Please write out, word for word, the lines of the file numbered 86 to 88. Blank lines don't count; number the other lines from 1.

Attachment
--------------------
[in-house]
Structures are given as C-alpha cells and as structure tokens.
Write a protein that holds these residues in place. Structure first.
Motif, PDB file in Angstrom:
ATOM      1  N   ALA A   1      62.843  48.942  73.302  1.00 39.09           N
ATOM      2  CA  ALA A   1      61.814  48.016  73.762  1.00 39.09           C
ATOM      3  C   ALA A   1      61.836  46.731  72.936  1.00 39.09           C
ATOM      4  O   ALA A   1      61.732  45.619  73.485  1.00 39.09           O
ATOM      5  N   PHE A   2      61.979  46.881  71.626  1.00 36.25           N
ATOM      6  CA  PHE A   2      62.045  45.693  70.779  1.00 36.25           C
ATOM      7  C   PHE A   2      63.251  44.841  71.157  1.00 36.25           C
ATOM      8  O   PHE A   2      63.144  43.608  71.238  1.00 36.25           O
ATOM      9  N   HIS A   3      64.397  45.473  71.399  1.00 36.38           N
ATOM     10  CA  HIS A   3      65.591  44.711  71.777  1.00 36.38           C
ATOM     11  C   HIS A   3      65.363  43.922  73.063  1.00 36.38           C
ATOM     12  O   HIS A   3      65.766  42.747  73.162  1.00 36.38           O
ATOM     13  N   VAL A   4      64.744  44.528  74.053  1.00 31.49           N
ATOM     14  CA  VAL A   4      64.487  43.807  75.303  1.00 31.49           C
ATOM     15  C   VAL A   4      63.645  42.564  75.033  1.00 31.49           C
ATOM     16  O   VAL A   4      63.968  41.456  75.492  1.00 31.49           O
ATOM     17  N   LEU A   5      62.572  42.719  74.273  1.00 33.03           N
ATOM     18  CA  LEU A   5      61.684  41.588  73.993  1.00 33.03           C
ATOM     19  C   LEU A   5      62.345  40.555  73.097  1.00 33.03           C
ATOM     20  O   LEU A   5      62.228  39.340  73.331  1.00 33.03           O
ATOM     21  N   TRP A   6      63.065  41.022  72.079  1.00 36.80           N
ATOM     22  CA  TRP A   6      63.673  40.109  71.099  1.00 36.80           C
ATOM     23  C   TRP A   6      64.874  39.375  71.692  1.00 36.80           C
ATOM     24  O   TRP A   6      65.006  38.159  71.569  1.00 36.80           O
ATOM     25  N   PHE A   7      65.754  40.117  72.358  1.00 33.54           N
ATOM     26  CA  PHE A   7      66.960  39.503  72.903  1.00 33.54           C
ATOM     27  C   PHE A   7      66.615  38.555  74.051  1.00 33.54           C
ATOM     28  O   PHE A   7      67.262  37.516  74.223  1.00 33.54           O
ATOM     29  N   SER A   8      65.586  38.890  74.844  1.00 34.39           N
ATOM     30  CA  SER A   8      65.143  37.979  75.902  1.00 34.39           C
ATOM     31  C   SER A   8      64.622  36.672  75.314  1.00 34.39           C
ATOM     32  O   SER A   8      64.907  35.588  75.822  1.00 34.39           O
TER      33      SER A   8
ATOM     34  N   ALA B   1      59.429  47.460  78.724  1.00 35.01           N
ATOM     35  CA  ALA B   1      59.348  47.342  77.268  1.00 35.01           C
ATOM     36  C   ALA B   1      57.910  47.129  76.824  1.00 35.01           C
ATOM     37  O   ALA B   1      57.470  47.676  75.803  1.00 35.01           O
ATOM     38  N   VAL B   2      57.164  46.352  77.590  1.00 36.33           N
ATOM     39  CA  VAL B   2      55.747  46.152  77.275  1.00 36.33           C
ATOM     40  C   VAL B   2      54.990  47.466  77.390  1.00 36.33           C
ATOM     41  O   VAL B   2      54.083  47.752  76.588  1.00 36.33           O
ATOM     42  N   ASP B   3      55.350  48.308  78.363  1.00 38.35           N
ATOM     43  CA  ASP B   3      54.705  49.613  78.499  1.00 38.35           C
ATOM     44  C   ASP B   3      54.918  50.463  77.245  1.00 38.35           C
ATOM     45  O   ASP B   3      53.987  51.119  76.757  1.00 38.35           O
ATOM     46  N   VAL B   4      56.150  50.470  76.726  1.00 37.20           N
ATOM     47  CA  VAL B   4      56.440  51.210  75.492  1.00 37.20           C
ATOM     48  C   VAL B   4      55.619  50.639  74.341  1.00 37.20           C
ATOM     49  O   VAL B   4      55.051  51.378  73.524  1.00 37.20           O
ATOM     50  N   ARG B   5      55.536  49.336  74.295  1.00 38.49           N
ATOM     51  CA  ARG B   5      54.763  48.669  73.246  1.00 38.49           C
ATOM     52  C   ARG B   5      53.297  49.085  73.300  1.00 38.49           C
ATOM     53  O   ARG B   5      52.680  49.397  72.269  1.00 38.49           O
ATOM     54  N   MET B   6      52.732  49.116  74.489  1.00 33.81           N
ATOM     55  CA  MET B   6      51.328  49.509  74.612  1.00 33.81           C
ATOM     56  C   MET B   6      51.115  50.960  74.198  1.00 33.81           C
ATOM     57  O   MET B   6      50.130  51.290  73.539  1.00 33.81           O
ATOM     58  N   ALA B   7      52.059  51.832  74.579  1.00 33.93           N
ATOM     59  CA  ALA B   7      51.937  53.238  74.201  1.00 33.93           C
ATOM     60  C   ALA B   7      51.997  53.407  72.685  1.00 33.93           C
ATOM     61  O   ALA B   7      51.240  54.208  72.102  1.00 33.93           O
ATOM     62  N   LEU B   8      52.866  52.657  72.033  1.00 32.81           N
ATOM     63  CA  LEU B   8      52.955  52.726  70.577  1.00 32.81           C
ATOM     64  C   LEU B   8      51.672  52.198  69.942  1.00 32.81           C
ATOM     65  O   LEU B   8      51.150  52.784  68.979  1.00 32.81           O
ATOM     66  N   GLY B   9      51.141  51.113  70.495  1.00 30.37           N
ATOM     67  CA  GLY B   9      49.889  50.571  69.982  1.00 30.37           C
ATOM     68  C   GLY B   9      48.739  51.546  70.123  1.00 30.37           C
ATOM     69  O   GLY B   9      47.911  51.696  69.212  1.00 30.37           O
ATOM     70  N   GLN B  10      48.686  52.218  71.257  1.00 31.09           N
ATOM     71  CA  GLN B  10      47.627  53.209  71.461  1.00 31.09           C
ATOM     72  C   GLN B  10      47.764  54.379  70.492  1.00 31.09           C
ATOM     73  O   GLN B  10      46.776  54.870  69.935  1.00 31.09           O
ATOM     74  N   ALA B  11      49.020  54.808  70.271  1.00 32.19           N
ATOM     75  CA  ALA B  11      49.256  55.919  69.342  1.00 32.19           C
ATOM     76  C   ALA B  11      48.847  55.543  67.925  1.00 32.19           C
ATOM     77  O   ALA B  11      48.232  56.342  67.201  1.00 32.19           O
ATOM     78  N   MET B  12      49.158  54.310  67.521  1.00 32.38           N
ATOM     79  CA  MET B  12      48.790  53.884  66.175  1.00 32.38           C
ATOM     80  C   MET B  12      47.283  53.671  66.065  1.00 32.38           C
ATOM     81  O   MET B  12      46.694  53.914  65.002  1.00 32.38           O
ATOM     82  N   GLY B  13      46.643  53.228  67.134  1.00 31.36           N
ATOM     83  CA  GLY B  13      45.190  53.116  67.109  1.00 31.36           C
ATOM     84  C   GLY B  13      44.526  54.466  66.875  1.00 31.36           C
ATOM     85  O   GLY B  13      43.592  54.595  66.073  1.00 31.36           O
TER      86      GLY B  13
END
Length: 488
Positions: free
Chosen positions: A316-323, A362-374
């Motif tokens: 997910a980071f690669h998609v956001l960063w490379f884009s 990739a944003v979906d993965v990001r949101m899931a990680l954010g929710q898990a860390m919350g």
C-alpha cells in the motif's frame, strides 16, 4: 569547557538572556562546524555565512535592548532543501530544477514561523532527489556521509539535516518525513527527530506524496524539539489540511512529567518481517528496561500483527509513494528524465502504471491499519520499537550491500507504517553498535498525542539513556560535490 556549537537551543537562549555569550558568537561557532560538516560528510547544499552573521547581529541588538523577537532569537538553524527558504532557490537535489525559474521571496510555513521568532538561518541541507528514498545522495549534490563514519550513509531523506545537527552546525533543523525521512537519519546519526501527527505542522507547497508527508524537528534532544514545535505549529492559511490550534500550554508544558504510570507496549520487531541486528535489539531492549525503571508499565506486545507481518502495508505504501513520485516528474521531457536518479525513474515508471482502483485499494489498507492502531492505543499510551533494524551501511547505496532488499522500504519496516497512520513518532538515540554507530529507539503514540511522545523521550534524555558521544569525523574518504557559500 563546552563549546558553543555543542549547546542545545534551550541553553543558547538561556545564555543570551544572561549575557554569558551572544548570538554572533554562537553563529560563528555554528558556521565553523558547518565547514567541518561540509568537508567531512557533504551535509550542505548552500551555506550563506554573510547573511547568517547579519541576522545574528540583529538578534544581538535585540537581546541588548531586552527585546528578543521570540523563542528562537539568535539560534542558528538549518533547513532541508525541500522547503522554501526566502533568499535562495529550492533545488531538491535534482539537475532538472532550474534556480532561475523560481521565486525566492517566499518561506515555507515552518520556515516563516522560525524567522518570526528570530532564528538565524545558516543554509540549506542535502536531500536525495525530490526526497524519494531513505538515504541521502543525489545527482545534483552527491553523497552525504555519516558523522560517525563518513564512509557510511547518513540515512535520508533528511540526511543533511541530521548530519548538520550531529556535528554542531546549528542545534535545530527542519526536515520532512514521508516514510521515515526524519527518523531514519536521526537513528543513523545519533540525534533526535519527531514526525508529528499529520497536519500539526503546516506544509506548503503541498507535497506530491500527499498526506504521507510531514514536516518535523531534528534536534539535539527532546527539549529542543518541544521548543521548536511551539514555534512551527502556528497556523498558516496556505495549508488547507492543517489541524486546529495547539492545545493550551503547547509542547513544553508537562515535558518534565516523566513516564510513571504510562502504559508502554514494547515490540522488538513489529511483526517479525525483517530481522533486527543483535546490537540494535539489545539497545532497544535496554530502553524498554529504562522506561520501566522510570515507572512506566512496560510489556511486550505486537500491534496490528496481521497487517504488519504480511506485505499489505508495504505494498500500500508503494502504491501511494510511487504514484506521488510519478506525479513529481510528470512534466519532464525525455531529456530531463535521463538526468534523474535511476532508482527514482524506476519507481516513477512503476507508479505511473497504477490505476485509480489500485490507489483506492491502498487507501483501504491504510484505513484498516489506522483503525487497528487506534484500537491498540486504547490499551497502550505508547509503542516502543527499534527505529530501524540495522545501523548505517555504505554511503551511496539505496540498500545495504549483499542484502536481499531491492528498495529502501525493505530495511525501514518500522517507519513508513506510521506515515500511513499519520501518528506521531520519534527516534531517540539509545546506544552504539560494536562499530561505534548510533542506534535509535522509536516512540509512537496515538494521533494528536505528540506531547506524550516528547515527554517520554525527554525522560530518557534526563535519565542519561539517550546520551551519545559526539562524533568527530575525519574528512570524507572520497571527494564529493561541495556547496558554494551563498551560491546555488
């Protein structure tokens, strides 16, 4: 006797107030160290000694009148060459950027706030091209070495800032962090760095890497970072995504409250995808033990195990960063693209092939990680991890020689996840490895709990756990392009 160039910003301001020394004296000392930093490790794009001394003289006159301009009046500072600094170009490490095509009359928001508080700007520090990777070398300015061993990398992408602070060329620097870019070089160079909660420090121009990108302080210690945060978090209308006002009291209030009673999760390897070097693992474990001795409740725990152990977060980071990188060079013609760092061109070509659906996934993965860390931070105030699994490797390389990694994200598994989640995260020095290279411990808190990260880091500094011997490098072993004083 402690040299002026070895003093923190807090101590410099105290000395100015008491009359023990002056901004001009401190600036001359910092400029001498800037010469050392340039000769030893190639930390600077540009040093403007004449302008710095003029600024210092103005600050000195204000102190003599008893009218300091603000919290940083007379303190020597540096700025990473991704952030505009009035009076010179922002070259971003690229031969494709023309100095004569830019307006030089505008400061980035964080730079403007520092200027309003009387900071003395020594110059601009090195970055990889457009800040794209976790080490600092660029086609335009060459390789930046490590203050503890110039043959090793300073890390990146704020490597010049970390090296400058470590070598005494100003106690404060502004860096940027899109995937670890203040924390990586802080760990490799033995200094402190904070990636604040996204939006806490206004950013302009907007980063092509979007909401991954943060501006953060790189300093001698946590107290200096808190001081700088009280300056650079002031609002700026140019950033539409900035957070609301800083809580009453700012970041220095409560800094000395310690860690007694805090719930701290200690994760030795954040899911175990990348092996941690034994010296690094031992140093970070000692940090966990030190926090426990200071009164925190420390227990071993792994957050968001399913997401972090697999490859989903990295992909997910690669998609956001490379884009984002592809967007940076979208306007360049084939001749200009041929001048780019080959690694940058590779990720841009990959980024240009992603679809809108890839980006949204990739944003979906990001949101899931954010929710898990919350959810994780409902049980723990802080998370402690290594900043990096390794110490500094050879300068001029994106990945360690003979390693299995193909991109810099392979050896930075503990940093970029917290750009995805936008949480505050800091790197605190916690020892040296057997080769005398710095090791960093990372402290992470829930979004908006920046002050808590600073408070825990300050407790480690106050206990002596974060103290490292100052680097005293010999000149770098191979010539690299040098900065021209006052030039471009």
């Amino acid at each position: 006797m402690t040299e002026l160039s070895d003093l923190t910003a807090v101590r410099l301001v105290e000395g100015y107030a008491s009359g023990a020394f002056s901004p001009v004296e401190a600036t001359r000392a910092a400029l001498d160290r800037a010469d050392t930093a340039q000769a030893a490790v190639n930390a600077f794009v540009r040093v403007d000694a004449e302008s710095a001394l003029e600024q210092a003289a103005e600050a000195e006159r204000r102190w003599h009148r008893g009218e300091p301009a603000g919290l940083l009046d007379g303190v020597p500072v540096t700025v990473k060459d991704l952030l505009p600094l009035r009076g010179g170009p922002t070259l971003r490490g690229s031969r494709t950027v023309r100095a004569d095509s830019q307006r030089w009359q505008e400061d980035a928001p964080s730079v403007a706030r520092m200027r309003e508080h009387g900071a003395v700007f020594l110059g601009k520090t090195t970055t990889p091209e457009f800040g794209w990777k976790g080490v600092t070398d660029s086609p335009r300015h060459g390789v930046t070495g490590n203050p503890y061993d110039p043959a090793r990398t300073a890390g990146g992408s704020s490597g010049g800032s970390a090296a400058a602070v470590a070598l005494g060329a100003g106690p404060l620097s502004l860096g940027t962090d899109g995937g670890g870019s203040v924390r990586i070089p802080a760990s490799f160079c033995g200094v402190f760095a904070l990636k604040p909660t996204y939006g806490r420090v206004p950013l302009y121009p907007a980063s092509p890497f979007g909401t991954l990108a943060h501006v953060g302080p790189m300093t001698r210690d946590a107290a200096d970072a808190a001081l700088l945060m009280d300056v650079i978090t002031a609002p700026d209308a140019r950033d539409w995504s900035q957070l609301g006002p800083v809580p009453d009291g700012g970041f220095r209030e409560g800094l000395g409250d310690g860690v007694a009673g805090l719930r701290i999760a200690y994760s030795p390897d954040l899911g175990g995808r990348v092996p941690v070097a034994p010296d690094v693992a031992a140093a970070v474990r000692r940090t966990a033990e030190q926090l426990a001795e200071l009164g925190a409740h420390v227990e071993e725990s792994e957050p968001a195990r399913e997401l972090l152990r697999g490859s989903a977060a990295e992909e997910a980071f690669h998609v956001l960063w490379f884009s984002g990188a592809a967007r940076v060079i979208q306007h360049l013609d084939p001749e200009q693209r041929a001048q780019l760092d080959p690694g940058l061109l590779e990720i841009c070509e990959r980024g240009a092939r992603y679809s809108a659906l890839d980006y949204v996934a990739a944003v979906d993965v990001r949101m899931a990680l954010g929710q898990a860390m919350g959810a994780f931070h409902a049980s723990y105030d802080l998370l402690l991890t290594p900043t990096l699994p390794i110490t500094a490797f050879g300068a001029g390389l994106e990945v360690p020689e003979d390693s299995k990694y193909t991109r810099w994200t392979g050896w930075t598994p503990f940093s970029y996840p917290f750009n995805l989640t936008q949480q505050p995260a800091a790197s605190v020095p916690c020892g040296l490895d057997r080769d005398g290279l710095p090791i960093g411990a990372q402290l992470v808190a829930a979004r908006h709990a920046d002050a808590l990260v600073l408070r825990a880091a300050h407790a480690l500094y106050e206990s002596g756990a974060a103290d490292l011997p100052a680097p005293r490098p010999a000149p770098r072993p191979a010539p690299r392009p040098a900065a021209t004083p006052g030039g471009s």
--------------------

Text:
ATOM     82  N   GLY B  13      46.643  53.228  67.134  1.00 31.36           N
ATOM     83  CA  GLY B  13      45.190  53.116  67.109  1.00 31.36           C
ATOM     84  C   GLY B  13      44.526  54.466  66.875  1.00 31.36           C